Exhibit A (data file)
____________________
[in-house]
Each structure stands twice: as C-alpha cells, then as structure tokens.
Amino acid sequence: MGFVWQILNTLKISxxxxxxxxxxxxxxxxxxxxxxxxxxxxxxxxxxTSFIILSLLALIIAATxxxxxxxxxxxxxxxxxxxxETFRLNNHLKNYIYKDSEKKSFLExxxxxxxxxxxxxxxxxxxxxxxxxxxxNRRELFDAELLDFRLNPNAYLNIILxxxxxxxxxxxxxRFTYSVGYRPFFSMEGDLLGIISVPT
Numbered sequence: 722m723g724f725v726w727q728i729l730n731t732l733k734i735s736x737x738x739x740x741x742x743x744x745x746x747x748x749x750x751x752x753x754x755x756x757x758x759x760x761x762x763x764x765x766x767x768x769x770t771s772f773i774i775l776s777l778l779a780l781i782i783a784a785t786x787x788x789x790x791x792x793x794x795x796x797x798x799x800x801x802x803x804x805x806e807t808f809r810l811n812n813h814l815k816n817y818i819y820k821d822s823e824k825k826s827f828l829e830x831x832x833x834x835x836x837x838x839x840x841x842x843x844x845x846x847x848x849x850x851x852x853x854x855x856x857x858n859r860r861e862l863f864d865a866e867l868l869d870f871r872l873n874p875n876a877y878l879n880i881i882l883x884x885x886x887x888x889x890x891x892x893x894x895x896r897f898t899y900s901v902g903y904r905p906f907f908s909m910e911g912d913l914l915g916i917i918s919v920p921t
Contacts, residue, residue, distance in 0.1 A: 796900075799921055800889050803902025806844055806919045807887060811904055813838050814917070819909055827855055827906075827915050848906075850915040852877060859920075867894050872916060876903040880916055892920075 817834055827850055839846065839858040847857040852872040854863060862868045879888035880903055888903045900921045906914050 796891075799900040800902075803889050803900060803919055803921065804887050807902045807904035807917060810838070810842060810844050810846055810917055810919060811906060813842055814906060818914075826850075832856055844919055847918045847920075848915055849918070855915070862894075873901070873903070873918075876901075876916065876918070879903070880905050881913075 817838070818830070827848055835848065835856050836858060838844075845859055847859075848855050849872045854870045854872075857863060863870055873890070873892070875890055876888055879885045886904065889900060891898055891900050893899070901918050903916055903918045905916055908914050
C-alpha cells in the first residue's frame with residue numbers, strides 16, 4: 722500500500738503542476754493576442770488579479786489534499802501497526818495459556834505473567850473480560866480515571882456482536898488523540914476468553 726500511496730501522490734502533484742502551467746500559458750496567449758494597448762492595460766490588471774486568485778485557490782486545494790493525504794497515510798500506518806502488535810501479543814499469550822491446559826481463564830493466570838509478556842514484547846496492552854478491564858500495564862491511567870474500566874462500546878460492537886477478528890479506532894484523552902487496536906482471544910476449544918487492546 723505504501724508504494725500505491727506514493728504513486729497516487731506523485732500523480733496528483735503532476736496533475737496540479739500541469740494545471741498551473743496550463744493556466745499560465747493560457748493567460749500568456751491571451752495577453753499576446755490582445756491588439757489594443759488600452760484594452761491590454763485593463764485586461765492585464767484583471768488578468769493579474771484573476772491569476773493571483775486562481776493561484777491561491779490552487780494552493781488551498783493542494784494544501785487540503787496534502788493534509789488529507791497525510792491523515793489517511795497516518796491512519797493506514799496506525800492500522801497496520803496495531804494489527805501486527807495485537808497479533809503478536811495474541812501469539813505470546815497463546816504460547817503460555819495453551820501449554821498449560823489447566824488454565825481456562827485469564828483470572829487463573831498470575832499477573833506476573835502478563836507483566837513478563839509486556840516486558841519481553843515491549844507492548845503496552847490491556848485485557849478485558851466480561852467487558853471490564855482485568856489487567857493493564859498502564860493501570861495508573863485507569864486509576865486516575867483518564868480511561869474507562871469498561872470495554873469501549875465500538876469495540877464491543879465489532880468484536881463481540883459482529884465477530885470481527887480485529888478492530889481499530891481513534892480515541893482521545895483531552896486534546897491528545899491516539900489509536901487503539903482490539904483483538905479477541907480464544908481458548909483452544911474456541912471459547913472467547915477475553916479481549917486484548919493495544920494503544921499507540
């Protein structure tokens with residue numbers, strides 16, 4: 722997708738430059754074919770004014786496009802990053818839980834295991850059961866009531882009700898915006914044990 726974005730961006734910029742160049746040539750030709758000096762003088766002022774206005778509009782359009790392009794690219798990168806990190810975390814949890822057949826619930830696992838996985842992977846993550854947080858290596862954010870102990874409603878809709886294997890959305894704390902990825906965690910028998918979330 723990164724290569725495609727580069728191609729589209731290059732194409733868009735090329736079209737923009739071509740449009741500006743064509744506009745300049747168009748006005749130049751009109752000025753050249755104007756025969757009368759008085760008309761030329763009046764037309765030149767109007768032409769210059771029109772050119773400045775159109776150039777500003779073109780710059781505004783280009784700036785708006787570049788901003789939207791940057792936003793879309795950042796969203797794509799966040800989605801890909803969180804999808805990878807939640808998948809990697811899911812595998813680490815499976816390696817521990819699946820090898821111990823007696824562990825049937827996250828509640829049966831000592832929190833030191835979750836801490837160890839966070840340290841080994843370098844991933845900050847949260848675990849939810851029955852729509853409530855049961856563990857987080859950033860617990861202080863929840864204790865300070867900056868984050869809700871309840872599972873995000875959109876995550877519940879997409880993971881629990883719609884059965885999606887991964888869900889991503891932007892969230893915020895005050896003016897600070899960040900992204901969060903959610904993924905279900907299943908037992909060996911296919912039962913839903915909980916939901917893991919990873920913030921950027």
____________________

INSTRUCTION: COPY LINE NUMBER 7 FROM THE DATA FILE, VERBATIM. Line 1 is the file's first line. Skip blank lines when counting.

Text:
């Protein structure tokens with residue numbers, strides 16, 4: 722997708738430059754074919770004014786496009802990053818839980834295991850059961866009531882009700898915006914044990 726974005730961006734910029742160049746040539750030709758000096762003088766002022774206005778509009782359009790392009794690219798990168806990190810975390814949890822057949826619930830696992838996985842992977846993550854947080858290596862954010870102990874409603878809709886294997890959305894704390902990825906965690910028998918979330 723990164724290569725495609727580069728191609729589209731290059732194409733868009735090329736079209737923009739071509740449009741500006743064509744506009745300049747168009748006005749130049751009109752000025753050249755104007756025969757009368759008085760008309761030329763009046764037309765030149767109007768032409769210059771029109772050119773400045775159109776150039777500003779073109780710059781505004783280009784700036785708006787570049788901003789939207791940057792936003793879309795950042796969203797794509799966040800989605801890909803969180804999808805990878807939640808998948809990697811899911812595998813680490815499976816390696817521990819699946820090898821111990823007696824562990825049937827996250828509640829049966831000592832929190833030191835979750836801490837160890839966070840340290841080994843370098844991933845900050847949260848675990849939810851029955852729509853409530855049961856563990857987080859950033860617990861202080863929840864204790865300070867900056868984050869809700871309840872599972873995000875959109876995550877519940879997409880993971881629990883719609884059965885999606887991964888869900889991503891932007892969230893915020895005050896003016897600070899960040900992204901969060903959610904993924905279900907299943908037992909060996911296919912039962913839903915909980916939901917893991919990873920913030921950027």